Among 105 pediatric patients who received liver transplantation and were treated with tacrolimus-based immunosuppressive regimens, we selected five (4.8%) patients who had very low tacrolimus trough levels. Four of them were noncompliant with their medication and one was weaned off of immunosuppression due to life threatening posttransplant lymphoproliferative disorder. We reviewed the medical records with regard to the relationship of the donor-recipients, patient characteristics and prognosis, including liver histology, and compared our data with previous reports.
Four patients received the liver transplantation from a parent donor and one patient from a cadaver donor. A trial of withdrawal of the immunosuppressant was started a median of 45 months after transplantation (range, 14 months to 60 months), and the period of follow up after weaning from the immunosuppressant was a median of 32 months (range, 14 months to 82 months). None of the five patients had rejection episodes after withdrawal of the immunosuppression; they maintained normal graft function for longer than 3 years (median, 38 months; range, 4 to 53 months). The histological findings of two grafts 64 and 32 months after weaning-off of the medication showed no evidence of chronic rejection.
The favorable markers for successful withdrawal of immunosuppression were 1) long-term (> 3 years) stable graft function, 2) no rejection for longer than 1 year after withdrawal of immunosuppression, 3) non-immune mediated liver diseases, and 4) pediatric patients.
Pediatric liver transplantation; withdrawal of immunosuppression; tacrolimus
High-dose chemotherapy and autologous stem cell rescue (HDCT/ASCR) was applied to improve the prognosis of patients with high-risk stage 3 neuroblastoma. From January 1997 to December 2006, 28 patients were newly diagnosed as stage 3 neuroblastoma. Nine of 11 patients with N-myc amplification and 5 of 17 patients without N-myc amplification (poor response in 2 patients, persistent residual tumor in 2 and relapse in 1) underwent single or tandem HDCT/ASCR. Patients without high-risk features received conventional treatment modalities only. While 8 of 9 patients underwent single HDCT/ASCR and the remaining one patient underwent tandem HDCT/ASCR during the early study period, all 5 patients underwent tandem HDCT/ASCR during the late period. Toxicities associated with HDCT/ASCR were tolerable and there was no treatment-related mortality. While the tumor relapsed in two of eight patients in single HDCT/ASCR group, all six patients in tandem HDCT/ASCR group remained relapse free. The 5-yr event-free survival (EFS) from diagnosis, in patients with N-myc amplification, was 71.6±14.0%. In addition, 12 of 14 patients who underwent HDCT/ASCR remained event free resulting in an 85.1±9.7% 5-yr EFS after the first HDCT/ASCR. The present study demonstrates that HDCT/ASCR may improve the survival of patients with high-risk stage 3 neuroblastoma.
Neuroblastoma; High-dose Chemotherapy; Autologous Stem Cell Rescue; Prognosis; N-myc
Neuroblastomas originating from different sites might have different clinical and biological characteristics. In the present study, the clinical (age, sex and stage) and biological (N-myc amplification, Shimada pathology and levels of lactate dehydrogenase, ferritin and neuron-specific enolase) characteristics of patients with newly diagnosed neuroblastoma were compared according to the site of tumor origin (extra-abdominal versus abdominal). The event-free survival rate (EFS) was also compared between the two groups. Among 143 neuroblastomas, 115 tumors originated from the abdomen, 26 from extra-abdominal sites and 2 from unknown primary sites. Frequencies of stage 4 tumor and N-myc amplified tumor were lower in the extra-abdominal group than in the abdominal group (34.6% vs. 60.0%, P=0.019 and 4.2% vs. 45.0%, P<0.001, respectively). Levels of lactate dehydrogenase, ferritin and neuron-specific enolase were significantly lower in the extra-abdominal group than in the abdominal group. The probability of 5-yr EFS (±95% confidence interval) was higher in the extra-abdominal group than in the abdominal group (94.4±10.6% vs. 69.4±9.4%, P=0.026). Taken together, neuroblastomas originating from extra-abdominal sites might be associated with more favorable clinical and biological characteristics and a better outcome than neuroblastomas originating from abdomen.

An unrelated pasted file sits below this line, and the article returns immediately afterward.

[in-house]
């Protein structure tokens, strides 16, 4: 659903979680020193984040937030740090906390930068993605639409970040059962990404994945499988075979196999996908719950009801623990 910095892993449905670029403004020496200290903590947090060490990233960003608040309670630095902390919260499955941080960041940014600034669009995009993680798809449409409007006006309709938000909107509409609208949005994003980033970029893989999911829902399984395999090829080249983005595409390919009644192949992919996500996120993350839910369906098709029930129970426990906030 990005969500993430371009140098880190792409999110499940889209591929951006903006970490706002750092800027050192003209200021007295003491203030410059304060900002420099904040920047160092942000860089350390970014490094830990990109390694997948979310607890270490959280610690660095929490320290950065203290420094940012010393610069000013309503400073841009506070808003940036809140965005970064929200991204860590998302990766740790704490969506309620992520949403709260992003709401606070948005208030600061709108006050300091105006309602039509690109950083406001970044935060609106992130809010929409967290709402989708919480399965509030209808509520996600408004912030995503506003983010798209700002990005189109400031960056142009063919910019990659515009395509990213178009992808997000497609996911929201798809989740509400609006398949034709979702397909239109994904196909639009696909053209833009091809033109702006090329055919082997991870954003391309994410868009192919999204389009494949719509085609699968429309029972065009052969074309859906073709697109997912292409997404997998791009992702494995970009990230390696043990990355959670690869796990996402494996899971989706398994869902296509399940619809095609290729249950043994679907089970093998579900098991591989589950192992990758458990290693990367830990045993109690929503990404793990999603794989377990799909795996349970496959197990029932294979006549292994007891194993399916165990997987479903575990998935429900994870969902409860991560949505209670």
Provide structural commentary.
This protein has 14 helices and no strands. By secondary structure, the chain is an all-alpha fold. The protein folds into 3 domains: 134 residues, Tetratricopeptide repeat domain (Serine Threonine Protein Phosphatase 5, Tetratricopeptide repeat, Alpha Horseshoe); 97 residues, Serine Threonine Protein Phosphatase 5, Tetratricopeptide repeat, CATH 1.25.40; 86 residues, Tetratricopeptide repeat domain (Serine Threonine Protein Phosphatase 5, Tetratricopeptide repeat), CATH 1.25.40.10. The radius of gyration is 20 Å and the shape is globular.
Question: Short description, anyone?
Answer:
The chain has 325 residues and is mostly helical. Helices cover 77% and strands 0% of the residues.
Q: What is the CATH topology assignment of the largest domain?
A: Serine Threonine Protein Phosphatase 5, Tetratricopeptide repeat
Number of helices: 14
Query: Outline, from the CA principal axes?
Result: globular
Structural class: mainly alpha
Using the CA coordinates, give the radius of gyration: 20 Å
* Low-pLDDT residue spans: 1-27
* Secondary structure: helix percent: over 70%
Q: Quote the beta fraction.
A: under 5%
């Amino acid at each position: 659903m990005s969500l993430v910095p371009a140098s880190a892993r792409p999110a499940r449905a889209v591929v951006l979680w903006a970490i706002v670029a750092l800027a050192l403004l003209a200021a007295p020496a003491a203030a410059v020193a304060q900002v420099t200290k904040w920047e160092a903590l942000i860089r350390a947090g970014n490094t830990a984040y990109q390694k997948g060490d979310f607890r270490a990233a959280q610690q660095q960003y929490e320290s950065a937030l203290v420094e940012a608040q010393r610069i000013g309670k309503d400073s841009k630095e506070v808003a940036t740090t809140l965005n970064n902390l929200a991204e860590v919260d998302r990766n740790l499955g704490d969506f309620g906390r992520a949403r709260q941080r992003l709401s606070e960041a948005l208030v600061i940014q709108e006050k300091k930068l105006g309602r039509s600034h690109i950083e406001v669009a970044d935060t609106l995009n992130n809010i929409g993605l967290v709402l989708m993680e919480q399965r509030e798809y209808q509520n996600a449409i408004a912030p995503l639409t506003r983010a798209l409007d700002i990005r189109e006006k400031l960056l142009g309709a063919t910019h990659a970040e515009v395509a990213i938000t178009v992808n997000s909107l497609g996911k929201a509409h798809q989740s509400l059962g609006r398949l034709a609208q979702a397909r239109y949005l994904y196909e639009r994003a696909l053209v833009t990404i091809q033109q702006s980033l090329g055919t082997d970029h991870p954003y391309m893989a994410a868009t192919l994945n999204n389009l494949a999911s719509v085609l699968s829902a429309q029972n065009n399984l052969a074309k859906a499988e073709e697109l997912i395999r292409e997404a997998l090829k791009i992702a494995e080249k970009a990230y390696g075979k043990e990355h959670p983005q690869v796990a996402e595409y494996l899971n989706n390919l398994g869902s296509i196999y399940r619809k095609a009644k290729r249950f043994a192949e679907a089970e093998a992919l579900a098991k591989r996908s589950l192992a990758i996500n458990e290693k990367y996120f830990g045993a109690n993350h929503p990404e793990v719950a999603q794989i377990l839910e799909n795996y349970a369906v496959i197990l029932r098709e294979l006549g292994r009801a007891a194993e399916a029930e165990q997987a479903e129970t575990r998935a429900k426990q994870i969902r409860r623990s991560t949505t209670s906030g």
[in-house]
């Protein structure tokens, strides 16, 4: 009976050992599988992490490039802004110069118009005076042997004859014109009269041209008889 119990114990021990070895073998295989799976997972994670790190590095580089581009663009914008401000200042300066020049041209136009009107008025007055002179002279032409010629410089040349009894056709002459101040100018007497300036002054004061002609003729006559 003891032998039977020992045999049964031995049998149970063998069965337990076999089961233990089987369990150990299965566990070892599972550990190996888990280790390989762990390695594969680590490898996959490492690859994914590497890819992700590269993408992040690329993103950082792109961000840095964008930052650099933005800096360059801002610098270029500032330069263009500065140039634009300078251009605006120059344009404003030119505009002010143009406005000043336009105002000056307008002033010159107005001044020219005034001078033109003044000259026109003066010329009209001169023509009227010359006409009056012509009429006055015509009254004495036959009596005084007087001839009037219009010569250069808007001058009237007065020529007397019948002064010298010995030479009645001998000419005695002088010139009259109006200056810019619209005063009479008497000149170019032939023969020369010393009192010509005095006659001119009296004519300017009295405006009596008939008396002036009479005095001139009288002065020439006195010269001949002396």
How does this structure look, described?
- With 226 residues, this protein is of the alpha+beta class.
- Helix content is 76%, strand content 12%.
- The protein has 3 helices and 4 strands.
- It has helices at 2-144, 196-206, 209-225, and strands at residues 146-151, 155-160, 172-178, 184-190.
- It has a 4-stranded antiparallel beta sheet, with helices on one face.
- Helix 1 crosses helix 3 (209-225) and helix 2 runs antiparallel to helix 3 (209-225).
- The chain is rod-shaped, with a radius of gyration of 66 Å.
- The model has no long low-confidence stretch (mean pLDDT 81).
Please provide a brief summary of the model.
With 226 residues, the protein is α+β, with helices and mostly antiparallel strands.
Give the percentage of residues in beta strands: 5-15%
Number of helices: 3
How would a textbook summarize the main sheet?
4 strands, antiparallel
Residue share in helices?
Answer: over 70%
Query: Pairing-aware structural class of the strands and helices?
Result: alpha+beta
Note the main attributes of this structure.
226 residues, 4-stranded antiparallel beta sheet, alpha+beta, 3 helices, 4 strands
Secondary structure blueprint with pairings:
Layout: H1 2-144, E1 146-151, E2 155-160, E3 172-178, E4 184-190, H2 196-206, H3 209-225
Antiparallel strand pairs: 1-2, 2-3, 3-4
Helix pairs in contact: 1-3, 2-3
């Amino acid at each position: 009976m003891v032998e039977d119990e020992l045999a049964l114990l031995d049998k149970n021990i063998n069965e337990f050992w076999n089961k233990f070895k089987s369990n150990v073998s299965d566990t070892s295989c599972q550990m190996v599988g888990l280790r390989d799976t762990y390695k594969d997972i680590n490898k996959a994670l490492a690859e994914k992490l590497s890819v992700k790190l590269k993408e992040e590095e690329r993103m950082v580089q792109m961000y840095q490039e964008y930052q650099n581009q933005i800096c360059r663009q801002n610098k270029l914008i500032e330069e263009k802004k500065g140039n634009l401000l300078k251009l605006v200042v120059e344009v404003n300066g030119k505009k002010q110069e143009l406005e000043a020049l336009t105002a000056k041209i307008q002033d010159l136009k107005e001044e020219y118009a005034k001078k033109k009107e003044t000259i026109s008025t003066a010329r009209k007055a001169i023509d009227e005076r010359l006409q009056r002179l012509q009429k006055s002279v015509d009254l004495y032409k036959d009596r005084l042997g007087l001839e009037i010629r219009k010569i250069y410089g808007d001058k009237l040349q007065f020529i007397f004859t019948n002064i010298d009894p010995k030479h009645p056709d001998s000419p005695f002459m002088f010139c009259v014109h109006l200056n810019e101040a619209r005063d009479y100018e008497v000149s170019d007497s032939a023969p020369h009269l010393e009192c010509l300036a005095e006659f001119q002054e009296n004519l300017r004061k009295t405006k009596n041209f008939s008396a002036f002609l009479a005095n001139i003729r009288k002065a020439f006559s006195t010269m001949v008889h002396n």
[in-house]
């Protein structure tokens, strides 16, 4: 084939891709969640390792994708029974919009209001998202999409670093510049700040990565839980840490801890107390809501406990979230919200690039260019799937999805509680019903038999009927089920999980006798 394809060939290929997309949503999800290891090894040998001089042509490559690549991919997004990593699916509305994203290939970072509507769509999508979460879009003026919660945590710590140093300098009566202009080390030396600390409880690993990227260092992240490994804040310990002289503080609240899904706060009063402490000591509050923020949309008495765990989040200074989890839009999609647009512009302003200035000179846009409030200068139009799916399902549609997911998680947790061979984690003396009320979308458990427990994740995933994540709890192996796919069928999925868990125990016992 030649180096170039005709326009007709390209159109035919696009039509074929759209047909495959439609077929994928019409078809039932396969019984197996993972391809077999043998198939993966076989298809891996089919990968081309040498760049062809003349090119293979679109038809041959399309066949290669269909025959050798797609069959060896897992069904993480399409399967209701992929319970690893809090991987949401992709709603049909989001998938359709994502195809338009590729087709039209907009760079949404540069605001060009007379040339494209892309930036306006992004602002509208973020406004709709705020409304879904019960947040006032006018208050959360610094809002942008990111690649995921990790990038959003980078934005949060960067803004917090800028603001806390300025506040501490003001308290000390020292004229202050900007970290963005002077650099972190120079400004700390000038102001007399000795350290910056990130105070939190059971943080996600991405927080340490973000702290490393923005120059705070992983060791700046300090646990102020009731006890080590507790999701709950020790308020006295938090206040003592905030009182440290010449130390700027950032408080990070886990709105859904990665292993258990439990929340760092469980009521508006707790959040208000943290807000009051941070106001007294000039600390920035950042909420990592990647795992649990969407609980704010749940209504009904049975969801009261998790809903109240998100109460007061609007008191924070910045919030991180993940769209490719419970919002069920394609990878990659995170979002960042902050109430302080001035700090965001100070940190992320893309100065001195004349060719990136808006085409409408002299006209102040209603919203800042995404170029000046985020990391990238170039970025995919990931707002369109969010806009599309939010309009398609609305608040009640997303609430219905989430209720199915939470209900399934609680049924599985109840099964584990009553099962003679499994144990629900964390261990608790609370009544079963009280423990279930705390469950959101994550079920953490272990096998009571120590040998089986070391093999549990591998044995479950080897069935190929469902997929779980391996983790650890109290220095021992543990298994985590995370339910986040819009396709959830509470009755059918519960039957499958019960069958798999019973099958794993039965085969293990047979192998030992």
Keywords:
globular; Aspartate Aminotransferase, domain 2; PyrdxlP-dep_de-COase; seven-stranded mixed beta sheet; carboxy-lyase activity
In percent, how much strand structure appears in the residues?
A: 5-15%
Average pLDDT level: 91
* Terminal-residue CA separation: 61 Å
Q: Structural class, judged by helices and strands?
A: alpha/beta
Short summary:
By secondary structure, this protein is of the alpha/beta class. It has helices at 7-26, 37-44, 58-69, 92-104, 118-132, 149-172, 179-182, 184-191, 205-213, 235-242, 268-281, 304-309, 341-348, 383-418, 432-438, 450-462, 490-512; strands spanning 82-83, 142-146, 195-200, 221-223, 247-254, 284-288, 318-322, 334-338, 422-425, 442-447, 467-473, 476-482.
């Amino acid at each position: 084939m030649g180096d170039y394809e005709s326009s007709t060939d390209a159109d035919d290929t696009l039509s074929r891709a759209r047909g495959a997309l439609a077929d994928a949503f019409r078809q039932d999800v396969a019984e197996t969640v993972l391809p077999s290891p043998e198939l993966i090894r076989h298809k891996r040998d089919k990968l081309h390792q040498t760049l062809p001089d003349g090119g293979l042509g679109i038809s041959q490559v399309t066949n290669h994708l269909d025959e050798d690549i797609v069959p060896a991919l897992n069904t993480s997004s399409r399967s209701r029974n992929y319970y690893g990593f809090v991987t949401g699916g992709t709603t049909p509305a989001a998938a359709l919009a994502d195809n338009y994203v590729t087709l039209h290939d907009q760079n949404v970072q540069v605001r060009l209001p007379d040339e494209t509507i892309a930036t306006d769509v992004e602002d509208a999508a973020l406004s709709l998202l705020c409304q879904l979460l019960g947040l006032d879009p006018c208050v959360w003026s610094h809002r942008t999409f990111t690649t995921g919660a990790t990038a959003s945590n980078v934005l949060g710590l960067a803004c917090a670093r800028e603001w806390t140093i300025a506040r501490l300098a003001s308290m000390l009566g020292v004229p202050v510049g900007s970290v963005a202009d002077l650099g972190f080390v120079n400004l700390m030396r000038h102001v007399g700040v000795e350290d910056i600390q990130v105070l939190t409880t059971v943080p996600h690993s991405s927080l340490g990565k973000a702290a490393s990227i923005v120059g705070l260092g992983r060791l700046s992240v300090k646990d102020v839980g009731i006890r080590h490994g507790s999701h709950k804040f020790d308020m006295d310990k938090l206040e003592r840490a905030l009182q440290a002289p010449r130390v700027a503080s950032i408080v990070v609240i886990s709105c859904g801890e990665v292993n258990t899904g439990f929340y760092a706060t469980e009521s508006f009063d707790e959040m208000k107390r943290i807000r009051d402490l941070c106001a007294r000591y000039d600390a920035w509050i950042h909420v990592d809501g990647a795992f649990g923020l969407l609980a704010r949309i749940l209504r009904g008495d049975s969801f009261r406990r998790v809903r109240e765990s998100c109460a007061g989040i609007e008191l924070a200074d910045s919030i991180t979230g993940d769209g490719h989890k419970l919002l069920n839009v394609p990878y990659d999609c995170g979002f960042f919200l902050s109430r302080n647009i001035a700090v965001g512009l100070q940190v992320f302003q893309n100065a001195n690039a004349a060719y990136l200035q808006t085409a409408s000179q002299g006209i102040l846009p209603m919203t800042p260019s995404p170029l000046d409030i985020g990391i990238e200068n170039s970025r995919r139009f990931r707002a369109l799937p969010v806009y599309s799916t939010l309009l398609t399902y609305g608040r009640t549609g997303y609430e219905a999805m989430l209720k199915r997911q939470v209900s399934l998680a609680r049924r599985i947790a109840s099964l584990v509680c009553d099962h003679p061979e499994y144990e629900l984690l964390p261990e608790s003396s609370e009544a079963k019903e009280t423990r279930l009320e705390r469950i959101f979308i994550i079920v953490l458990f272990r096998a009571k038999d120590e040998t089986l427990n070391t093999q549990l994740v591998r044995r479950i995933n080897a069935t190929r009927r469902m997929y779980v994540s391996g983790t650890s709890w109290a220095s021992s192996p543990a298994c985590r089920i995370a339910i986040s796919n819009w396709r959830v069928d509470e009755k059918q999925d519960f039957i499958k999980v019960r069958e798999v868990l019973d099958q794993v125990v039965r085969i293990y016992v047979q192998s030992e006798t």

Neuroblastoma; Prognosis; Thorax; Transplantation, Autologous
In order to evaluate whether immunosuppressive agents such as mycophenolate mofetil (MMF) and azathioprine would differently influence the outcome of the renal transplants, we prospectively analyzed the incidence of acute rejection episodes, cytomegalovirus infection within the first 6 months following renal transplantation and 5 yr graft survival rate after minimizing influences of donor factors by grafting the same cadaveric donor kidney. There was no significant difference in sex, HLA mismatch, cold ischemic time, and patients' weight between the two groups. Contrary to the previous studies which demonstrated that MMF could lower the incidence of acute rejection episodes and improved graft survival rate, the two groups showed no significant difference in the incidence of acute rejection episodes and 5-yr graft survival rate as well. This discrepancy in these results might explain that donor factors could be important to cadaveric renal transplantation. Thus, we suggest that the influences of donor factors should be considered in further clinical studies of cadaveric renal transplantation.
Tissue Donors; Graft Rejection; Mycophenolic Acid; Azathioprine; Kidney Transplantation
Double high-dose chemotherapy (HDCT) was applied to 18 patients with highrisk neuroblastoma including 14 patients who could not achieve complete response (CR) even after the first HDCT. In 12 patients, successive double HDCT was rescued with peripheral blood stem cells collected during a single round of leukaphereses and in 6 patients, second or more rounds of leukaphereses were necessary after the first HDCT to rescue the second HDCT. The median interval between the first and second HDCT (76 days; range, 47-112) in the single harvest group was shorter than that (274.5 days; range, 83-329) in the double harvest group (p<0.01). Hematologic recovery was slow in the second HDCT. Six (33.3%) treatment-related mortalities (TRM) occurred during the second HDCT but were not related to the shorter interval. Disease-free survival rates at 2 years with a median follow-up of 24 months (range, 6-46) in the single and double harvest group were 57.1% and 33.3%, respectively. These results suggest that successive double HDCT using the single harvest approach may improve the survival of high-risk patients, especially who could not achieve CR after the first HDCT despite delayed hematologic recovery and high rate of TRM during the second HDCT.